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Bill & Ted Face the Music

The much awaited and presumably final instalment in the Bill & Ted series, Bill & Ted Face the Music, pulls off the impossible feat of being a faithful and charming sequel to cult classics.  For that, the production should be very proud of their efforts and patience.  However, the movie itself is neither “excellent” or “bogus”.  It’s just, sort of, “chill”.

Alex Winter and Keanu Reeves reprise their bodacious roles as the titular aspiring rock stars.  The way they’re both able to fall back into the characters is astonishing;  almost as if they wrapped 1991’s Bill & Ted’s Bogus Jounrney last week.  The continuation of this story picks up on the duo’s troubles to create a song that will unite the world.  Despite the support of their totally awesome daughters (Action Point’s Brigette Lundy-Paine and Guns Akimbo’s Samara Weaving), everyone is growing tired waiting for the lifesaving prophecy to come true.  Including the future’s Great Leader (Holland Taylor), who has given the boys one last day to make their song a reality.  The guys have an epiphany: why not travel through the circuits of time to when the song has been created?  There, they can hear the song and return to their present to save their future.  And like that, they hijack their old time travelling phone booth and make pit stops in hopes to find reliable references.

The Bill & Ted series has always had fun rewriting time travel lore and physics (including brain-busting loopholes), but the shenanigans explored in Face the Music step over a line of continuity that’s hard to trace back through.  Because the end of civilization is only a few hours away, time begins folding in on itself.  This creates rifts in the earth’s geography, with large scale sites being teleported to other parts of the world, as well as people from history being shifted around timelines.  This is too big of a bite for the film to take, which may have been forgivable if it was funny.  However, it resorts to a repetitive gag where extras in costume appear in the background and look confused.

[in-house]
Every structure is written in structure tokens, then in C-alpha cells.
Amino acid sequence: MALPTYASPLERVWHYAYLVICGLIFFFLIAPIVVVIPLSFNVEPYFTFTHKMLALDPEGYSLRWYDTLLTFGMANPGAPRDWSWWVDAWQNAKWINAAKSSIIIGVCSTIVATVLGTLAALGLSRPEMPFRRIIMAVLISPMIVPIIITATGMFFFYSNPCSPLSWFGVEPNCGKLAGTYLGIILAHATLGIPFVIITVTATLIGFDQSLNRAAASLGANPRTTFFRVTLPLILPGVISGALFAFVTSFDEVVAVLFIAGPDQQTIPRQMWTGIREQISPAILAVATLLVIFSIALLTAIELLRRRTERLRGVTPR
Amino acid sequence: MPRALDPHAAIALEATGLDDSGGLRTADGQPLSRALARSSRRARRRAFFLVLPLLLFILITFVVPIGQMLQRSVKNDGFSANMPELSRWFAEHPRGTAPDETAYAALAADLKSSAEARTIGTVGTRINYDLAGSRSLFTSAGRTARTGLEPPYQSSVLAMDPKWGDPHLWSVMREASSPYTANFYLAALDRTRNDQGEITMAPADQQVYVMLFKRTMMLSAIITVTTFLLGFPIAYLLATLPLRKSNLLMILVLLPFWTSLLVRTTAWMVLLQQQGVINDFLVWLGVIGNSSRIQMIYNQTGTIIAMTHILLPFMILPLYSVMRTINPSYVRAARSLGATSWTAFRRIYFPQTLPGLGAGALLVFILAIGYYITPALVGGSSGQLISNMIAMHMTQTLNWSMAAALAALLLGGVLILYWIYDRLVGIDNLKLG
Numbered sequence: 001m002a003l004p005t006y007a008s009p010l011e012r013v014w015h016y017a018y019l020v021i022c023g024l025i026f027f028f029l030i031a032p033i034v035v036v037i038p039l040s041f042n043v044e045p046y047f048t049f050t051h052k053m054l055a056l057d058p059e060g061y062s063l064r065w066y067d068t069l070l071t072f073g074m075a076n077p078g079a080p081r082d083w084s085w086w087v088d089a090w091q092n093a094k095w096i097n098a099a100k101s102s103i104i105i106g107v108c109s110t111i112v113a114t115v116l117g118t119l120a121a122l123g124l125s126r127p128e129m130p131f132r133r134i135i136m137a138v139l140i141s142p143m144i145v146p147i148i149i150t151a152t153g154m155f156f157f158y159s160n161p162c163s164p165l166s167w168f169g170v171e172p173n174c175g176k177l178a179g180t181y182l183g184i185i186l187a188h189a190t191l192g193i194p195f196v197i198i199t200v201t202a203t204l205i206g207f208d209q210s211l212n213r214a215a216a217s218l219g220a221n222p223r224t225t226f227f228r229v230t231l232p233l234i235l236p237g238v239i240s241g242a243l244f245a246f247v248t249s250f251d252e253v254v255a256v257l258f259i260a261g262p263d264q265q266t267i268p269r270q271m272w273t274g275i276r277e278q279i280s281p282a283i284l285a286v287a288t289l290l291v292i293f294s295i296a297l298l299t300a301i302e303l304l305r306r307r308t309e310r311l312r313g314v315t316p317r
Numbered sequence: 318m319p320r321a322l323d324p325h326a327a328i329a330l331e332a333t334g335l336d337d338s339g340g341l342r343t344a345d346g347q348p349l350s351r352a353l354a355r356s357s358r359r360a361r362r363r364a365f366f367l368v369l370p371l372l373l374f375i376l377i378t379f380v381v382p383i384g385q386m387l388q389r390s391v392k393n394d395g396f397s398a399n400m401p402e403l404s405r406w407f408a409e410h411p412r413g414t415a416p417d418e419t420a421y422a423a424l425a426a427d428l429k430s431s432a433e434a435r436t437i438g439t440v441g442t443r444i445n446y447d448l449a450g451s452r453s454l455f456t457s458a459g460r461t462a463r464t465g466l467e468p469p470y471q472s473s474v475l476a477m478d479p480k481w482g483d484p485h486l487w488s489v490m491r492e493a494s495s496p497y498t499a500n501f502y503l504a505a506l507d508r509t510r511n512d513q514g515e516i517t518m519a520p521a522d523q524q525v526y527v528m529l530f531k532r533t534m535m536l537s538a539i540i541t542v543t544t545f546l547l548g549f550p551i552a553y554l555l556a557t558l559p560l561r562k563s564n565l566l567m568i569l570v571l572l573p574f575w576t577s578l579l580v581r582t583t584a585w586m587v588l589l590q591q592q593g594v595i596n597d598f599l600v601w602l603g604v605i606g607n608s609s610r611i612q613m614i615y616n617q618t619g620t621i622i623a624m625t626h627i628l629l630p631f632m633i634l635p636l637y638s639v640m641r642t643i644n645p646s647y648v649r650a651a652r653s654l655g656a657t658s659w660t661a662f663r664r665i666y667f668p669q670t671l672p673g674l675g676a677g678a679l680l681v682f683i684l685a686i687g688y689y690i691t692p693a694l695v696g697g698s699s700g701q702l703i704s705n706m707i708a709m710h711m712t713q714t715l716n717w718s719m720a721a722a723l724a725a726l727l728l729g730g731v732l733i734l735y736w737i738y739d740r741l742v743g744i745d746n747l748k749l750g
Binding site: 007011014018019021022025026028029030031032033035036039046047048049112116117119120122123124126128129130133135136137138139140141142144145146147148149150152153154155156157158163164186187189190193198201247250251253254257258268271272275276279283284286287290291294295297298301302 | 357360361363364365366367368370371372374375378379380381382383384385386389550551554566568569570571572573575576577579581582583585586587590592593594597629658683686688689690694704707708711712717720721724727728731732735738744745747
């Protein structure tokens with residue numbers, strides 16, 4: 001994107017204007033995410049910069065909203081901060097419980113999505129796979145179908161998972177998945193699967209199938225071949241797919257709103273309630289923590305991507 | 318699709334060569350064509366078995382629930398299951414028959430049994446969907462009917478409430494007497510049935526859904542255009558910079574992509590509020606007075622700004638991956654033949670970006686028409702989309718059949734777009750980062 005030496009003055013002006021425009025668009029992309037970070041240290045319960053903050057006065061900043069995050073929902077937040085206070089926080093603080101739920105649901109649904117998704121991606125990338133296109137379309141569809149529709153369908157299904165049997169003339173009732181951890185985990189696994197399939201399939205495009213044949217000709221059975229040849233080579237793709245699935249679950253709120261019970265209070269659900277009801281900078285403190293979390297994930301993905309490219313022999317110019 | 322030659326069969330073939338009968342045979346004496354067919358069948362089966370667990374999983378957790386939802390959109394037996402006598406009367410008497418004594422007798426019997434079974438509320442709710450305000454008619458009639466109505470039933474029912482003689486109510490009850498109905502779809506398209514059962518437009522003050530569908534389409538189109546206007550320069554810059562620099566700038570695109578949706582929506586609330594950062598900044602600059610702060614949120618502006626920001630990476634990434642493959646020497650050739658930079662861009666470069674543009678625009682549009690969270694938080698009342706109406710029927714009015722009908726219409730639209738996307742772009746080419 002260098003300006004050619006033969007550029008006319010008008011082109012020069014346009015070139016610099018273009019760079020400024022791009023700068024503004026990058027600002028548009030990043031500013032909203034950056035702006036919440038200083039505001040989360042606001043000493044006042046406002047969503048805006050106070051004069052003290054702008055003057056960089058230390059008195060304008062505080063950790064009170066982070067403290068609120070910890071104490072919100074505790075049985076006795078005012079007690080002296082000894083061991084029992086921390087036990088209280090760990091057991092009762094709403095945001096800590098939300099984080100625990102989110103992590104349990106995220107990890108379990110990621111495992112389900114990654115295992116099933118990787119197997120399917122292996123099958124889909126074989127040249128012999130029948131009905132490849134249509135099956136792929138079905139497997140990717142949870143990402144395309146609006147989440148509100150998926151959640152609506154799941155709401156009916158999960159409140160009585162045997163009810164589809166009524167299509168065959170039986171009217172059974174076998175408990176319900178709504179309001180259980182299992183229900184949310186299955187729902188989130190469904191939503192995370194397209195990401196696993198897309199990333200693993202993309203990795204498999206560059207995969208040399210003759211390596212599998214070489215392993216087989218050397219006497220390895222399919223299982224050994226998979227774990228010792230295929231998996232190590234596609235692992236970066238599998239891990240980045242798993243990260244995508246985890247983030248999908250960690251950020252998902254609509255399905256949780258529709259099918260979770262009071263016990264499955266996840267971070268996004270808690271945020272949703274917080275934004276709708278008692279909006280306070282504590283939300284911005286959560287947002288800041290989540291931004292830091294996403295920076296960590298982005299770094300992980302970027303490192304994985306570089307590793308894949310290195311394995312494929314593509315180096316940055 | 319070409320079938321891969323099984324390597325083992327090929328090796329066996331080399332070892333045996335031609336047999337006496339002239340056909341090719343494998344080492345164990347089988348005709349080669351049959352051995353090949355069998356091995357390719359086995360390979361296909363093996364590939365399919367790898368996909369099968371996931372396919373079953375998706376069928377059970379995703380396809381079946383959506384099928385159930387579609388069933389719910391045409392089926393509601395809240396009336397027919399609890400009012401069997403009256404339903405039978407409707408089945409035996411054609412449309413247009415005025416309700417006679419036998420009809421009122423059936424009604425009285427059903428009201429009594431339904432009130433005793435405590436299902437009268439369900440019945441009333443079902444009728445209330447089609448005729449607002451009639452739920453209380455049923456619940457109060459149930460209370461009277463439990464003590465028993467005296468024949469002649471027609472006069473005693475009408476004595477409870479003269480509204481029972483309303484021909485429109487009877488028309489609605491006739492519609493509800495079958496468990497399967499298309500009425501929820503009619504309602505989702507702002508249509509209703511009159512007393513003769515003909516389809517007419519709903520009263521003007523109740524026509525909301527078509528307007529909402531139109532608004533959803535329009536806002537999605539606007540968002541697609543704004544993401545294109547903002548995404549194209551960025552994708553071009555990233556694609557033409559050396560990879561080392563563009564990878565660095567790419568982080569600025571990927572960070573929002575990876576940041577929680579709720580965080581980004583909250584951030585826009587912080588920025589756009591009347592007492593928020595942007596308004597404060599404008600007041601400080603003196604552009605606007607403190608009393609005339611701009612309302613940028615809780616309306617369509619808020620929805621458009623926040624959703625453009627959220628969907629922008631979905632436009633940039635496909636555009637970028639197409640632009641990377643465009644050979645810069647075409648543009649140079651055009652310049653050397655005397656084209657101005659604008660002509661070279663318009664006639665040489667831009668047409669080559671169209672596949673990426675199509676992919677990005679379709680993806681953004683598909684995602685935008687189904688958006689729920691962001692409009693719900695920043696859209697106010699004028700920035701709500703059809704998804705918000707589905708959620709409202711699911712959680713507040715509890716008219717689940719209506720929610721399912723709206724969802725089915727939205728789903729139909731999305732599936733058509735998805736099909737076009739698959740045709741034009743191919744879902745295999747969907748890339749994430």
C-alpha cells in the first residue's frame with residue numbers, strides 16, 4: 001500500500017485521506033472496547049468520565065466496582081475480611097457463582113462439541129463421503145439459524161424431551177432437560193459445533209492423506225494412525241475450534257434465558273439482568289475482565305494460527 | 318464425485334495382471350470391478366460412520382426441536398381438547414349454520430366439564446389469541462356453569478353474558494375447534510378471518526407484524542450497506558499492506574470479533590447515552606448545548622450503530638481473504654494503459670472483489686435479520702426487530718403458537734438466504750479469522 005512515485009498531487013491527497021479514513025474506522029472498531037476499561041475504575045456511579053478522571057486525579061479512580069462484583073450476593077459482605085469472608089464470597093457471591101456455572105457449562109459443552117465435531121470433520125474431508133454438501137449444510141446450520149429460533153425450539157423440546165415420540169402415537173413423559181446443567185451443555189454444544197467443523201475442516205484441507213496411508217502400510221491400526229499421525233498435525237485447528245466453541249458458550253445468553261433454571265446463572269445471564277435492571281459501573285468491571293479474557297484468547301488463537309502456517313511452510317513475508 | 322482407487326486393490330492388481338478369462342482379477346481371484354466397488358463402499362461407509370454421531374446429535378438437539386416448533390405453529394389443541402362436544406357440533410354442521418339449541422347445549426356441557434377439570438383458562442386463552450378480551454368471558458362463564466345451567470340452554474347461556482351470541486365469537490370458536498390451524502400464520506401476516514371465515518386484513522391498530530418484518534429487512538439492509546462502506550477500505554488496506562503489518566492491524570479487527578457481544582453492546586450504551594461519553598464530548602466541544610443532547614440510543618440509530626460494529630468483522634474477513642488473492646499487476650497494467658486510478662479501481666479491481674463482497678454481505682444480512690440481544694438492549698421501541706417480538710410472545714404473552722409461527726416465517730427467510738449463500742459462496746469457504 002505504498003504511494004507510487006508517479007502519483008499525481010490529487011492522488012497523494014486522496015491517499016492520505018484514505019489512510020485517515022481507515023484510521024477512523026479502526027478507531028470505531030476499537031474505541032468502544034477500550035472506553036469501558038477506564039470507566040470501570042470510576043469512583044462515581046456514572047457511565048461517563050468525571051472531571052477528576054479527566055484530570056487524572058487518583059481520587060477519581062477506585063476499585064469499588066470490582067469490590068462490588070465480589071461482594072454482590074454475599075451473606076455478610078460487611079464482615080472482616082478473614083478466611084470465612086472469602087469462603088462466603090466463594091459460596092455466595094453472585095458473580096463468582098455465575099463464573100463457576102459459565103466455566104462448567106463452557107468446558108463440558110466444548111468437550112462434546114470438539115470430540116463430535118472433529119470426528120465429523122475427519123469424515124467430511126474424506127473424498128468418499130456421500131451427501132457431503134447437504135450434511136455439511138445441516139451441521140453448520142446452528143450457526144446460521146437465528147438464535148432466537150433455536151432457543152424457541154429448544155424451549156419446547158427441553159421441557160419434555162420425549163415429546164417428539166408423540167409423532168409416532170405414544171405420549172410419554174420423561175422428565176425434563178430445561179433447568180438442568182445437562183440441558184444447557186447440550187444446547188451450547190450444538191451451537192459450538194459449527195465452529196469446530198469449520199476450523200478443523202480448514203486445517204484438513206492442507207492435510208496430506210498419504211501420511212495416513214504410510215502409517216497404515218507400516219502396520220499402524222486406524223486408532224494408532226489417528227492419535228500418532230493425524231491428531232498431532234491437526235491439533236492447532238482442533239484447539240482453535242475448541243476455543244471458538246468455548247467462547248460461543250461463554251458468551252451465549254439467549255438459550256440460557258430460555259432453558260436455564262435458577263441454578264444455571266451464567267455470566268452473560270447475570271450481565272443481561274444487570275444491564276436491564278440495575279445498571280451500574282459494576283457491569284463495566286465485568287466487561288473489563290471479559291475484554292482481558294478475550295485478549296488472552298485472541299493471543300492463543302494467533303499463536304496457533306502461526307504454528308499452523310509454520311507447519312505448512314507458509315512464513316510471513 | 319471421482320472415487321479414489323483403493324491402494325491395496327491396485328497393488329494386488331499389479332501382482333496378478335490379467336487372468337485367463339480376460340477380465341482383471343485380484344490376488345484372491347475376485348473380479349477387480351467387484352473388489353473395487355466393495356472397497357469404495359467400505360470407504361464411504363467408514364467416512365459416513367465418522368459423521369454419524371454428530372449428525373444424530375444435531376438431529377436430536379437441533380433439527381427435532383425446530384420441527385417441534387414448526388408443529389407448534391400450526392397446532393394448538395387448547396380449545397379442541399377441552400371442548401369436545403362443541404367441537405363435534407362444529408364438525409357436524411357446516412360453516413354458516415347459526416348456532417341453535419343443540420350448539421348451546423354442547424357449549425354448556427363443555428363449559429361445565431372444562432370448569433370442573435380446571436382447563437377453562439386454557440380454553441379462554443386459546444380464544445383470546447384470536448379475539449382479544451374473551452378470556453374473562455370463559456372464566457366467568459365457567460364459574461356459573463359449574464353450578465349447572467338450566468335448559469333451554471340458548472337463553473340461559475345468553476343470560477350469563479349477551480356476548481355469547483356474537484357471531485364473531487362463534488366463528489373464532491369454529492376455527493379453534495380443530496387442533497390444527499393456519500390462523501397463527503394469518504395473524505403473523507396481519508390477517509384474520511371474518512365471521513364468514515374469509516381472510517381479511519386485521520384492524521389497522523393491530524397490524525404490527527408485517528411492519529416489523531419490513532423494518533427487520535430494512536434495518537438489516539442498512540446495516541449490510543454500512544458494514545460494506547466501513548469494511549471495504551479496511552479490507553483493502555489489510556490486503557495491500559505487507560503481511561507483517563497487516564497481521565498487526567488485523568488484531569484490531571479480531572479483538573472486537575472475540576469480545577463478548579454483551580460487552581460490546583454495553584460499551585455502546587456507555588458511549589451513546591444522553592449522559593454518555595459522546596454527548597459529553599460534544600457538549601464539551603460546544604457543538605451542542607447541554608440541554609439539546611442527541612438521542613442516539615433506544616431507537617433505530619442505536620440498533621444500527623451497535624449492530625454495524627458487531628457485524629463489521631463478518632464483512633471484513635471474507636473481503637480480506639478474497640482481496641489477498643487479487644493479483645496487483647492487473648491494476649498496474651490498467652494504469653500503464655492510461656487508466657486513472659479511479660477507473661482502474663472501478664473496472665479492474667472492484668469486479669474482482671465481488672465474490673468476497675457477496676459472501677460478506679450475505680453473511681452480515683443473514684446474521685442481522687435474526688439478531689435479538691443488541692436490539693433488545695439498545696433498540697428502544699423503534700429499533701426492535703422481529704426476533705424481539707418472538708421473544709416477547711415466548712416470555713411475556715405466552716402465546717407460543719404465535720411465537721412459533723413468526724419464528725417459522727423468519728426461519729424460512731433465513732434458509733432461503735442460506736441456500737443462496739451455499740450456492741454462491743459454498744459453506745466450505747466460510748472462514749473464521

The film really likes repetitive gags, which is disappointing considering the jokes that screenwriters Chris Matheson and Ed Solomon cash in on don’t necessarily withstand multiple takes.  The gags involving Bill and Ted meeting versions of themselves through time is an amusing sight at first, but the run-ins lose their lustre as they follow a predictable comedic formula.  Even when heavy albeit superb make-up effects are utilized.

Ditto for the duo’s daughters.  In an attempt to help their dads, the teens also travel through time to find artists who could contribute to the greatest song ever written and played.  There’s a sweet message about the power of creative influences as each famous musician from history gets to play with someone that inspired them to pursue music.  But, even these time-traveling misadventures develop a routine structure that becomes less surprising and more predictable.

However, this all builds up towards a finale that could be the series’ greatest climax.  As the apocalypse arrives, all of our protagonists decide to throw everything at the wall to see what sticks in the form of one last concert.  The use of colour is fetching, the staging creates an epic feel, and the goofball optimism on display is quite infectious.  And because Bill & Ted Face the Music practically moves in real time towards the deadline, a terrific sense of urgency is developed extremely well by director Dean Parisot (Galaxy Quest).

Like other sequels to cult hits like Anchorman and Zoolander, a third Bill & Ted  has always been in high demand.  Not only is Bill & Ted Face the Music better than those other reunion comedies, but the film truly delivers on fan service.  But while that fanbase consideration will be appreciated nonetheless with goofy grins from the audience, the charm sometimes isn’t enough to gloss over the film’s blemishes.

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Addison Wylie: @AddisonWylie

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